CONTEXT Art Miami (December 4-9), a new fair for emerging and cutting-edge art, has drawn its share of gallerists showing Cuban art. Among them are Mexico City’s Nina Menocal Gallery, showing work by Sandra Ramos; and from New York, Magnan Metz Gallery, showing Alexandre Arrechea, and 532 Gallery Thomas Jaekel, presenting Armando Mariño.
At Scope (December 4-9), works by María Magdalena Campos-Pons and Carlos Gamez de Francisco, among others, will be on view at the Hardcore Art Contemporary Space booth. Just Mad Mia Contemporary Art Fair, a Madrid-based newcomer added this year to the ABMB panorama, will be featuring works by Cuban artists Niels Reyes, Alejandro P. Falconi, and Alejandro Campins, represented by Raymaluz Art Gallery.
Along with the main fairs and events, Cuban art lovers will have the opportunity to catch gallery shows spotlighting key figures in the island’s contemporary art scene. That’s the case at Alma Fine Art, where Vidente (Clairvoyant) presents the recent video work of Marta María Pérez, and at the recently opened exhibition space Buzzart, which is hosting 1989-2012 Fotografías de Juan Carlos Alom, a museum-quality retrospective. At the Juan Ruiz Gallery in Wynwood, One of us can be wrong and other essays presents recent work by Rubén Torres Llorca in a solo show.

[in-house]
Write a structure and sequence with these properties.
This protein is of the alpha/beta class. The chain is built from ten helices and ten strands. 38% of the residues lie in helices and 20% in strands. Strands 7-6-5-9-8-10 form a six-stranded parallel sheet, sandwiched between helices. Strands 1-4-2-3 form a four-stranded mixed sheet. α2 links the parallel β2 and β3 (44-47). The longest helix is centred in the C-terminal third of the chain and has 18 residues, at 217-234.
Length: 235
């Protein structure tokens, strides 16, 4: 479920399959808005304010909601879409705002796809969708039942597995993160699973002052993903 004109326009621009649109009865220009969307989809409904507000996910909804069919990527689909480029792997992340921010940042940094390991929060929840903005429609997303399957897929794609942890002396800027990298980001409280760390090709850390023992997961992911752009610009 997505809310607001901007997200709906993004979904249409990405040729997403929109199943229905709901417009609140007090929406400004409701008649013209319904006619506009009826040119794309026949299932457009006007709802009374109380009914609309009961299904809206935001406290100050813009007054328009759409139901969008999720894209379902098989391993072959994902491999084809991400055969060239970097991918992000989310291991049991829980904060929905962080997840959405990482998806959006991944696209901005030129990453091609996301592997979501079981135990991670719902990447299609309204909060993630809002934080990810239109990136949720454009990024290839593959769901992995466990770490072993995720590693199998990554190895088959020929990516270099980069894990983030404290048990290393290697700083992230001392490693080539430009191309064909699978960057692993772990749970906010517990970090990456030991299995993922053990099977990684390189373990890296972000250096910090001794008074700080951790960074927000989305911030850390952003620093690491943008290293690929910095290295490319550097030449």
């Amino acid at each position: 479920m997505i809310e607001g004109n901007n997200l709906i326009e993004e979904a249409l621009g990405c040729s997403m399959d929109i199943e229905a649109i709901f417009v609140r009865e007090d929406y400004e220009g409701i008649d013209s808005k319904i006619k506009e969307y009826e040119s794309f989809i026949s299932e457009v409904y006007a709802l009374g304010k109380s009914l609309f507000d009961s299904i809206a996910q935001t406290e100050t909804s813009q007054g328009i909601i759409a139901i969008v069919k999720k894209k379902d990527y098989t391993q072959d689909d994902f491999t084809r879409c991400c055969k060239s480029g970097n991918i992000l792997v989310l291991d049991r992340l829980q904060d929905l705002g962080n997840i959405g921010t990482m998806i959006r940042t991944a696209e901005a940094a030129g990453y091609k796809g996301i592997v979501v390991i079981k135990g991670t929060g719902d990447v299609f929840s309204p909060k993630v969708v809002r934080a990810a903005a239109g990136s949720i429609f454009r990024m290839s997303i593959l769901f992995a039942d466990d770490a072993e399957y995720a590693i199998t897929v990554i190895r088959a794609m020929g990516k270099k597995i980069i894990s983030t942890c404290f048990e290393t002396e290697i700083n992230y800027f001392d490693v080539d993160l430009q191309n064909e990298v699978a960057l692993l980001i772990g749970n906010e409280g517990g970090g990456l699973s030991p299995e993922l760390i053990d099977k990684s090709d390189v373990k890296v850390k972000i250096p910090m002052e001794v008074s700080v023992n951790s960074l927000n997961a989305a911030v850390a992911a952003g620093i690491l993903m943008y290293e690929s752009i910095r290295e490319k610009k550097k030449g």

At the Pan American Art Projects gallery space, A Country, An Illusion showcases recent works by Abel Barroso. Charged with a bittersweet accent, the exhibition deals with the notion of artificial borders and arbitrary fate. Hardcore Art Contemporary Space presents Recycle, a solo show by Cuban-born, Miami-based Consuelo Castañeda, in which the artist’s large-scale models of service-industry settings explore the physical and conceptual aspects of recycling.
On the museum front, the Miami Art Museum is presenting its annual New Works Miami 2013. The show celebrates the tremendous creative energy of the local artists’ community. Look here for more from Castañeda, who, along with fellow local artist Emmett Moore, has been invited to create an immersive environment in MAM’s plaza-level gallery, in which they respond formally and conceptually to works by the show’s other artists.